Weekend In Gothenburg
EVENING IN THE PARK – The Tradgardsforeningen (Garden Society) is a large park off Nya Allen that locals have been taking a turn in since 1842. Full of flowers and tiny cafes, it’s also home to a big rosarium and the gracious 19th-century Palmhuset (Palm House): look out for the camellia collection and two-metre-wide lily pads.
THORNSTROMS KOK – For a lesson in modern Swedish cuisine, splash out for dinner at this Michelin-starred restaurant where chef Hakan Thornstrom presents flawless dishes using local, seasonal ingredients, such as sweetbreads with hazelnut and cured perch with rhubarb. Tasting menus are available, along with a la carte.
NOBA NORDIC BAR – With ye olde maps of Scandinavia on the walls and a glassed-over beer patio with birch tree stumps for stools, this bar takes its Nordic beers very seriously. From Iceland’s Freyja to Denmark’s K:rlek, you name it, this bar’s got it. Free-flowing whiskies liven up the scene on weekends.
CITY BOAT TOUR – Gothenburg’s old moat and canals date back to the 17th century and a boat tour offers a fascinating view of the city. Open-top boats glide under low bridges and then slip out into the harbour amid traditional shipyards. Stromma offers a hop-on hop-off Paddan boat ticket (early Jul-late Aug), valid for 24 hours, and other tours the rest of the year.
MARITIMAN – The world’s largest floating ship museum includes fishing boats, a lightship and a firefighter, all linked by walkways. Shin down into the 69m-long submarine Nordkaparen for a glimpse into underwater warfare. Inside the labyrinthine destroyer Smaland, in service from 1956 to 1979, hunched figures listen to crackling radio messages, and the bunks look just-slept-in.
GOTEBORGS KONSTMUSEUM – Scandinavian masters such as Bruno Lijefors, Edvard Munch, Anders Zorn and Carl Larsson have pride of place in the city’s premier art collection, and the gallery also hosts works by Impressionists, Rubens, Van Gogh, Rembrandt and Picasso. Other highlights include a superb sculpture hall, photography exhibitions and new Nordic art.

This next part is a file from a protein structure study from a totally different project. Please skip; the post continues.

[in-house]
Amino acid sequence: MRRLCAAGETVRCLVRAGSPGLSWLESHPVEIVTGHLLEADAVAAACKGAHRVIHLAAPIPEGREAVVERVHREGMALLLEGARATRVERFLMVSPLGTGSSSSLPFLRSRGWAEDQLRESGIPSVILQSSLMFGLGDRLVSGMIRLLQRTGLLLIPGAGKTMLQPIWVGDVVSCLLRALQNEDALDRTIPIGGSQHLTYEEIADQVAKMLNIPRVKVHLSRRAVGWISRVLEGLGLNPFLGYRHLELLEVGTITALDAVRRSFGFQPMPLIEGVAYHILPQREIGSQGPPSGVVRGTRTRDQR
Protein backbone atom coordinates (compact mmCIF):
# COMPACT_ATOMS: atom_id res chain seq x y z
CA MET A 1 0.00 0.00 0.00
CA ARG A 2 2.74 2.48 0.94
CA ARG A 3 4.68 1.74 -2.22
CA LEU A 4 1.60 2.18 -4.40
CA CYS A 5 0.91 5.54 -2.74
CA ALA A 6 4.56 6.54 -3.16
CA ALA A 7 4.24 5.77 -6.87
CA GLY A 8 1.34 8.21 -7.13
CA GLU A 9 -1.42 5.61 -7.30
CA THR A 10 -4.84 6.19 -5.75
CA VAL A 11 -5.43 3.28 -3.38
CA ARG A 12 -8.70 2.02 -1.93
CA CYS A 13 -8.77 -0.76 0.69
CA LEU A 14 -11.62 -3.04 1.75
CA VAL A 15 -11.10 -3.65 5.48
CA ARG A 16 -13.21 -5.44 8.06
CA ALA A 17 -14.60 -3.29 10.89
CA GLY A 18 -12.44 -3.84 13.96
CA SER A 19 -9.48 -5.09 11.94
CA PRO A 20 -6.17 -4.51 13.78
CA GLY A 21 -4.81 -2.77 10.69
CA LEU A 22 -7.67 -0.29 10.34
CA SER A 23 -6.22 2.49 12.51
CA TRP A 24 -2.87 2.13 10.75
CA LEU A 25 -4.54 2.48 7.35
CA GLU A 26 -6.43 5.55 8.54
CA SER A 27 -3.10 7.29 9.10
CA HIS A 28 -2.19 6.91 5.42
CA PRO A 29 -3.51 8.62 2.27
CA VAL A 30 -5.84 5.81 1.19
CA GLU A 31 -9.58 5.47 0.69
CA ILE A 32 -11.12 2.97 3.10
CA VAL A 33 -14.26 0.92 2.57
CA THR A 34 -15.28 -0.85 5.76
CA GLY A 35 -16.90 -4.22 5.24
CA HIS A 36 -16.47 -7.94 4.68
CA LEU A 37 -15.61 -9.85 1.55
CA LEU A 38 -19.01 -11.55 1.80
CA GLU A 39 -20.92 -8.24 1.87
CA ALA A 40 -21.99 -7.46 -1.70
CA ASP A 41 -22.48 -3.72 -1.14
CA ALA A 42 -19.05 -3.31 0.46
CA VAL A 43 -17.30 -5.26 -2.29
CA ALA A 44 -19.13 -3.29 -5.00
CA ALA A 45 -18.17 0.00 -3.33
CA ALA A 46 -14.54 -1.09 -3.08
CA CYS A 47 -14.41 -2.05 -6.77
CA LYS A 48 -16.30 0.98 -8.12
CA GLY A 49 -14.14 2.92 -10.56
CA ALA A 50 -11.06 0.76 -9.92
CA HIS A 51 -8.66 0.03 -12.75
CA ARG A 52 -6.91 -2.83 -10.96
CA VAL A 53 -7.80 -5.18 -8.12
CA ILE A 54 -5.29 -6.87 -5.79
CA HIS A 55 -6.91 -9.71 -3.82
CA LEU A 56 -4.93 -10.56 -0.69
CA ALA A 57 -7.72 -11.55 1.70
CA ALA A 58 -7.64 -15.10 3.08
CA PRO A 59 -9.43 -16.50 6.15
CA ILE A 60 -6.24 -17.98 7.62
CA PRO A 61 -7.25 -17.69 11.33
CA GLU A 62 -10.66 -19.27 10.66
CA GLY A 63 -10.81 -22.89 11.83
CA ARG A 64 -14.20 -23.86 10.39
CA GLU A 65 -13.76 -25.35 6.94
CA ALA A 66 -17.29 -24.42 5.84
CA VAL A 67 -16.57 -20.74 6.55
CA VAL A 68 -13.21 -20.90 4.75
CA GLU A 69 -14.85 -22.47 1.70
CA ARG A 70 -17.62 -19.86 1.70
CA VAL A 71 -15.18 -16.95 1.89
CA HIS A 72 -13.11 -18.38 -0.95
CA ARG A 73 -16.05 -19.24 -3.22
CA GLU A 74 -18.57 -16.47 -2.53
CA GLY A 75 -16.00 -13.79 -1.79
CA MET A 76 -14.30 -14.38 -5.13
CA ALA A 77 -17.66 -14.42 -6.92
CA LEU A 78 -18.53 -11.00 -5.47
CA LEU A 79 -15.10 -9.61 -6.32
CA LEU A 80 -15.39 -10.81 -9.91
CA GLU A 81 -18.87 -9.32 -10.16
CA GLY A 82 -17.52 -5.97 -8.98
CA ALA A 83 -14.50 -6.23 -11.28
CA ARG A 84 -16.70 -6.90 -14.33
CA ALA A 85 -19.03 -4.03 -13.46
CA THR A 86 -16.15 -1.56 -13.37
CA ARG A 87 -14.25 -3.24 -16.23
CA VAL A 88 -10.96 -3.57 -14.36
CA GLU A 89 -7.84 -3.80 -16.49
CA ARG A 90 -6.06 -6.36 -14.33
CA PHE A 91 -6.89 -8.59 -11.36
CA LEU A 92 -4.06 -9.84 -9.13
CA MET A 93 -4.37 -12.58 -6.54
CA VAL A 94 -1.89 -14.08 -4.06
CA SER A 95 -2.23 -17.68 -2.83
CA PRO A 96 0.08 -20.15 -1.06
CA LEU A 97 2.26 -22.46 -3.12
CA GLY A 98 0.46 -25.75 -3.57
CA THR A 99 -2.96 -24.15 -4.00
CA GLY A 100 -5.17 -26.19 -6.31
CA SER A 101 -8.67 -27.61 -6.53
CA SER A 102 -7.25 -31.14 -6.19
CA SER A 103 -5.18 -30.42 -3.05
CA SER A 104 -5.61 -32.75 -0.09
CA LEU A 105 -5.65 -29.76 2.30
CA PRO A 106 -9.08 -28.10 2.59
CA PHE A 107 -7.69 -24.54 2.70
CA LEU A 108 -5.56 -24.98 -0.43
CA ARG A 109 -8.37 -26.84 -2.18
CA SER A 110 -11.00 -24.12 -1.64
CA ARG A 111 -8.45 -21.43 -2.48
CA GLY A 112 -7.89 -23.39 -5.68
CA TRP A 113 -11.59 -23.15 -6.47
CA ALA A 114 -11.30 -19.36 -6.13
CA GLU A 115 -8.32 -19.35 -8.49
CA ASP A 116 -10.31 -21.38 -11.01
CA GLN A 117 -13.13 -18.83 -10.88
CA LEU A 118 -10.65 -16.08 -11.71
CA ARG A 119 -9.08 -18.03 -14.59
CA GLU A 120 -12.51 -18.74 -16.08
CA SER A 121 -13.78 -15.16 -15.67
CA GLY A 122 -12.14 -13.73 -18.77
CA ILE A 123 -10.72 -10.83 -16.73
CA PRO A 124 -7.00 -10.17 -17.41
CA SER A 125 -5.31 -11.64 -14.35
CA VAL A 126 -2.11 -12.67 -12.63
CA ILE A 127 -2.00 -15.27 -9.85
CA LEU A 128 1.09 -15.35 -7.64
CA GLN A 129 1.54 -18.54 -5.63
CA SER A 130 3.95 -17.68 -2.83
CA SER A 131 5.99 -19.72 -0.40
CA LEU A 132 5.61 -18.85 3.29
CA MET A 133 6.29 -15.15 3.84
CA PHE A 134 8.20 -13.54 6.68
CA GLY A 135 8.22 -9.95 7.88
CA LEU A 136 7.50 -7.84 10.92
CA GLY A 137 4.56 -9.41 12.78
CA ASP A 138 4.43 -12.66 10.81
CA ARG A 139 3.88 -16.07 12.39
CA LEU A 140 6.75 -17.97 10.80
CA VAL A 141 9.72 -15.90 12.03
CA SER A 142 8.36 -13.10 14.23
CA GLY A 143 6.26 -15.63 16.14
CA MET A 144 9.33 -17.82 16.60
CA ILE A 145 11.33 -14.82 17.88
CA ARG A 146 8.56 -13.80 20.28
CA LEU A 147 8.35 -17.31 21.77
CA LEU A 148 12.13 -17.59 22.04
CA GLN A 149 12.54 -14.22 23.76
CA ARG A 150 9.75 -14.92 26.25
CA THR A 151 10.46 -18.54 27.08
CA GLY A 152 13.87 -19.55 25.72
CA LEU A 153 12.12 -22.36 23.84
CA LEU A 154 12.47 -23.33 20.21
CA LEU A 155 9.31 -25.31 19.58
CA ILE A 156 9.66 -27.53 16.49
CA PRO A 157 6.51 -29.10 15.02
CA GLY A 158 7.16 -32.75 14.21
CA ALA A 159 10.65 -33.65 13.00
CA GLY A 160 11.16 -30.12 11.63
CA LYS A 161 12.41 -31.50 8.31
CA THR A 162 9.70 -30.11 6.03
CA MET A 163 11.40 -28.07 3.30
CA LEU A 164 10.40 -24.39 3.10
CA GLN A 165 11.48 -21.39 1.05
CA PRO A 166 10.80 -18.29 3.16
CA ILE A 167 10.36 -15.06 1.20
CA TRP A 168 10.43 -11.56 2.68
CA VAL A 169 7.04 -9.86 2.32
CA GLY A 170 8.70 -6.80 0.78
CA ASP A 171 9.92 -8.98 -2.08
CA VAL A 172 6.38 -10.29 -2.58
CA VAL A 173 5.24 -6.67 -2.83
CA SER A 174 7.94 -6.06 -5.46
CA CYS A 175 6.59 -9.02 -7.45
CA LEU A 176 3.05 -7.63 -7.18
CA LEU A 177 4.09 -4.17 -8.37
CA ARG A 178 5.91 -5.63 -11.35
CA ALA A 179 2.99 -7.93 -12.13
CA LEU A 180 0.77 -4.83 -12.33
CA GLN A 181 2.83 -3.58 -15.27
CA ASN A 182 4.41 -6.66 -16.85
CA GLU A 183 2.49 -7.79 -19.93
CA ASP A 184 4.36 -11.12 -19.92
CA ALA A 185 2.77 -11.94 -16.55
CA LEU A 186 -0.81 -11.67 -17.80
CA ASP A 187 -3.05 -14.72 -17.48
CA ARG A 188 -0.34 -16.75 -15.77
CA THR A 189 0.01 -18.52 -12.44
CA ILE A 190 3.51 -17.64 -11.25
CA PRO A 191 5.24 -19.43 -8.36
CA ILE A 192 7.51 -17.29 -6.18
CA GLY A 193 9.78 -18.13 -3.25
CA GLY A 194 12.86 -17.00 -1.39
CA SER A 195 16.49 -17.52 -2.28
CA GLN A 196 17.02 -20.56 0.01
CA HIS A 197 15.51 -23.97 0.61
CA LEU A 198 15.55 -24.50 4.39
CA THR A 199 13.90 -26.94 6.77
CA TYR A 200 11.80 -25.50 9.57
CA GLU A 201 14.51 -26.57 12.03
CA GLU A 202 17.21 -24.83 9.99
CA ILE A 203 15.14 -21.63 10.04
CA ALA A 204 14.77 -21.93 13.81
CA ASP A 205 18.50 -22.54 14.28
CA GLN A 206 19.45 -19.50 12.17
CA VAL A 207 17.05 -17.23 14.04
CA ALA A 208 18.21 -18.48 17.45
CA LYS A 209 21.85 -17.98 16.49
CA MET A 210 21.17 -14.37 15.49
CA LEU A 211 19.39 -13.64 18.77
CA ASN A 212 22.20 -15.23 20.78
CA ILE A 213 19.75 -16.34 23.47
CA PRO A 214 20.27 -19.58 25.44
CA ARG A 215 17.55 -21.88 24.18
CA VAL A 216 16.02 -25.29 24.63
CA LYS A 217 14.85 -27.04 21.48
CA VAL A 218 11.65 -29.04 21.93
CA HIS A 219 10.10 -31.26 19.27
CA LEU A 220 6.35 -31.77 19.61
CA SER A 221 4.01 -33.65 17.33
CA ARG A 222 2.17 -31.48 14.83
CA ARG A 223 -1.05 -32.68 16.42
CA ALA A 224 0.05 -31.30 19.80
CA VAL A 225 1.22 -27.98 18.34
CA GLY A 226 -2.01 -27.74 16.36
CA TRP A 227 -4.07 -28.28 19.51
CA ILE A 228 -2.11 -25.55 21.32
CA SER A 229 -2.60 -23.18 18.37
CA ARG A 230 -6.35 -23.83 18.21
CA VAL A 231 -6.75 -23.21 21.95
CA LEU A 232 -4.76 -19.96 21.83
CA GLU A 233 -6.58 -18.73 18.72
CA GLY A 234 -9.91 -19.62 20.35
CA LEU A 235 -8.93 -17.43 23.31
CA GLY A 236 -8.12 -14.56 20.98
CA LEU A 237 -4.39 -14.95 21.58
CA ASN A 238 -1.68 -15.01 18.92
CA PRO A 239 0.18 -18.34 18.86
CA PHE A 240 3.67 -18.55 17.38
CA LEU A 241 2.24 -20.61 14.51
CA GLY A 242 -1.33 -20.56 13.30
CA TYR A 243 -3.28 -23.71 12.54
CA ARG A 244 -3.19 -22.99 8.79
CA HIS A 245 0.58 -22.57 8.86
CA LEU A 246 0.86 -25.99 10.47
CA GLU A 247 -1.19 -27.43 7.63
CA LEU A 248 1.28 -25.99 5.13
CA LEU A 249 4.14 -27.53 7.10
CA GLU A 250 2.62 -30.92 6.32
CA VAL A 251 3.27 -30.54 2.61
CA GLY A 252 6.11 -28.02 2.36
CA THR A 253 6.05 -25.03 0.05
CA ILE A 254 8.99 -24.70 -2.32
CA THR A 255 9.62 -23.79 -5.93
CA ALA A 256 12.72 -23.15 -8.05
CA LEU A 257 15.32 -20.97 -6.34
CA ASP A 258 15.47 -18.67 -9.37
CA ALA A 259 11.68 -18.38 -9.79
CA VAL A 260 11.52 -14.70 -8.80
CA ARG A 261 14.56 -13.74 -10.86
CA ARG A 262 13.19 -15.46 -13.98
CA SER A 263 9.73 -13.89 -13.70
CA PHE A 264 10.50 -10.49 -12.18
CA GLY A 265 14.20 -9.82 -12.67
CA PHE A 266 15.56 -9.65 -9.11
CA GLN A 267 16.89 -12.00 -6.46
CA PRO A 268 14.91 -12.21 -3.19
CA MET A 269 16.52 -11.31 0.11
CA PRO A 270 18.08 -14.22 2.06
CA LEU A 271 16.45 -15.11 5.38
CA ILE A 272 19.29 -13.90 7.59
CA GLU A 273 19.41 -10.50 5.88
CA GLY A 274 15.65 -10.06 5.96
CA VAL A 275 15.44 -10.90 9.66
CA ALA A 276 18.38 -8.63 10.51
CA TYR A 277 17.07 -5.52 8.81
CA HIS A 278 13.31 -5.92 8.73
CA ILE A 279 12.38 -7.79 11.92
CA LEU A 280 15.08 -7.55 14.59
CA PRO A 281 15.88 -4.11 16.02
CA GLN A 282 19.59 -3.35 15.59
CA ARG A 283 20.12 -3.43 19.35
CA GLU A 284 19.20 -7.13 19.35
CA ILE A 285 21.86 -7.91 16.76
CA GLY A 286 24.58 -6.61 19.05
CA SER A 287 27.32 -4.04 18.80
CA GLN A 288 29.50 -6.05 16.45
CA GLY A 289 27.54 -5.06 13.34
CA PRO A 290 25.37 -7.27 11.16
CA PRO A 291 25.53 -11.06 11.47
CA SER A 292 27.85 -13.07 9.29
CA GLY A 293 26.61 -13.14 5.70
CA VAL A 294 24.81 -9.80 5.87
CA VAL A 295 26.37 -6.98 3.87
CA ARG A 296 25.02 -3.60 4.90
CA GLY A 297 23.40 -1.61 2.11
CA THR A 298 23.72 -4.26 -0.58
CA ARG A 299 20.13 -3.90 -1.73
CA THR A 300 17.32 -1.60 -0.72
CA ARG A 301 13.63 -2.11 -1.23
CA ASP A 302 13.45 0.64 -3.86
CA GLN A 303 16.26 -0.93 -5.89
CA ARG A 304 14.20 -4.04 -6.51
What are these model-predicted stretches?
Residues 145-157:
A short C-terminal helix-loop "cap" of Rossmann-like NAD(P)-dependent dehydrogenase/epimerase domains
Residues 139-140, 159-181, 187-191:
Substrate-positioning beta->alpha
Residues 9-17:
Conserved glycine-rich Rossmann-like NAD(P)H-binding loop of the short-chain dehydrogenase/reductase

BROWSING IN HAGA – The Haga neighbourhood is the city’s oldest suburb, dating from 1648. A hardcore hippie hang-out in the 1960s and 1970s, its cobbled streets and vintage buildings are now a blend of cafes, vintage shops and boutiques. During some summer weekends and at Christmas, store owners set up stalls along the central street of Haga Nygata, turning the district into one big market.
XEMMA HOS – With a smooth black bar and comfortable tables, this Haga restaurant-bar manages to be both urbane and relaxed. Its selection of small plates is decidedly gourmet – slow-cooked pork with apple chutney or goat’s cheese with honey and pine nuts – and there’s good wine by the glass.
RODA STEN – Inside a defunct, graffitied power station beside the Alvsborgsbron – the big bridge across the Gota alv downsteam from the city centre – Roda Sten’s four floors are home to temporary exhibitions from international artists that push boundaries. The indie-style cafe hosts live music, stand-up comedy and even boxing matches.
Goteborg Landvetter Airport is 12 miles east of Gothenburg, and a two-hour flight from Edinburgh, Gatwick, Heathrow, Manchester and Stansted with BA (and BA franchise Sun Air), Norwegian and Ryanair. The Flygbuss runs to the city centre every 15-20 minutes and costs US$10 one-way (flygbussarna.se). The most convenient way around town is by tram. Colour-coded lines converge near central Brunnsparken square. Travel is free for Gothenburg Pass holders; one- and three-day travel cards can work out cheaper than buying single-trip tickets.
WHERE TO STAY
IQ Suites offers industrial-chic apartments in a 19th-century brick building. Rooms come with bathrobes, hot tubs and well-equipped kitchens, and outside there’s a lovely garden.
Fabulous Hotel Flora’s 65 individually themed rooms flaunt designer details. Some of them offer river views and those on the top floor have air-con. There’s also a split-level courtyard for those long summer days.
Upper House takes up the top floors of one of the Gothia Towers. The sumptuous decor is pure Scandinavian chic, the spa comes with a hammam and there’s a 19th-floor pool with killer views over the city.